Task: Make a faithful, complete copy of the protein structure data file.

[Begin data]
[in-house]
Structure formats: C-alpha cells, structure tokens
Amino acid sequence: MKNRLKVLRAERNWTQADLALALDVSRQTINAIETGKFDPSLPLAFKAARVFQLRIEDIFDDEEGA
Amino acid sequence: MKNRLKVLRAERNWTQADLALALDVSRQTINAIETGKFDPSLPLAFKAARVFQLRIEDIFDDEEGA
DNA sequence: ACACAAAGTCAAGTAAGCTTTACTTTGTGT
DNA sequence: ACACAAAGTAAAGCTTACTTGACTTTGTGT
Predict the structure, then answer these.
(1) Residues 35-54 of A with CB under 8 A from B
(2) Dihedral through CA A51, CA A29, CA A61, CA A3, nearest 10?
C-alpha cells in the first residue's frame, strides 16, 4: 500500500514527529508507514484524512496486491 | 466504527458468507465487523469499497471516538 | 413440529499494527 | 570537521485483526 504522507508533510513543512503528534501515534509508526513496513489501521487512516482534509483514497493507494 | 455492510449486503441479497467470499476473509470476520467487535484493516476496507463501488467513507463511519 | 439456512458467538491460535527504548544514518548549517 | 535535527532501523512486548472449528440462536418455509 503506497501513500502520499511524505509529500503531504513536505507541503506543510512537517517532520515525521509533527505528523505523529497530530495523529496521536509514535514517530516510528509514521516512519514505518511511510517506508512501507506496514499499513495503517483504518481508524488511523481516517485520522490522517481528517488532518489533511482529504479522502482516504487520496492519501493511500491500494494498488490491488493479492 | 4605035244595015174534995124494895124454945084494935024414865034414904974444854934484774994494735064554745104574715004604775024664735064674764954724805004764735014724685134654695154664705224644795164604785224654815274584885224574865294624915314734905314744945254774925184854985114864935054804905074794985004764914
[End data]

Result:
[in-house]
Structure formats: C-alpha cells, structure tokens
Amino acid sequence: MKNRLKVLRAERNWTQADLALALDVSRQTINAIETGKFDPSLPLAFKAARVFQLRIEDIFDDEEGA
Amino acid sequence: MKNRLKVLRAERNWTQADLALALDVSRQTINAIETGKFDPSLPLAFKAARVFQLRIEDIFDDEEGA
DNA sequence: ACACAAAGTCAAGTAAGCTTTACTTTGTGT
DNA sequence: ACACAAAGTAAAGCTTACTTGACTTTGTGT
Predict the structure, then answer these.
(1) Residues 35-54 of A with CB under 8 A from B
(2) Dihedral through CA A51, CA A29, CA A61, CA A3, nearest 10?
C-alpha cells in the first residue's frame, strides 16, 4: 500500500514527529508507514484524512496486491 | 466504527458468507465487523469499497471516538 | 413440529499494527 | 570537521485483526 504522507508533510513543512503528534501515534509508526513496513489501521487512516482534509483514497493507494 | 455492510449486503441479497467470499476473509470476520467487535484493516476496507463501488467513507463511519 | 439456512458467538491460535527504548544514518548549517 | 535535527532501523512486548472449528440462536418455509 503506497501513500502520499511524505509529500503531504513536505507541503506543510512537517517532520515525521509533527505528523505523529497530530495523529496521536509514535514517530516510528509514521516512519514505518511511510517506508512501507506496514499499513495503517483504518481508524488511523481516517485520522490522517481528517488532518489533511482529504479522502482516504487520496492519501493511500491500494494498488490491488493479492 | 4605035244595015174534995124494895124454945084494935024414865034414904974444854934484774994494735064554745104574715004604775024664735064674764954724805004764735014724685134654695154664705224644795164604785224654815274584885224574865294624915314734905314744945254774925184854985114864935054804905074794985004764914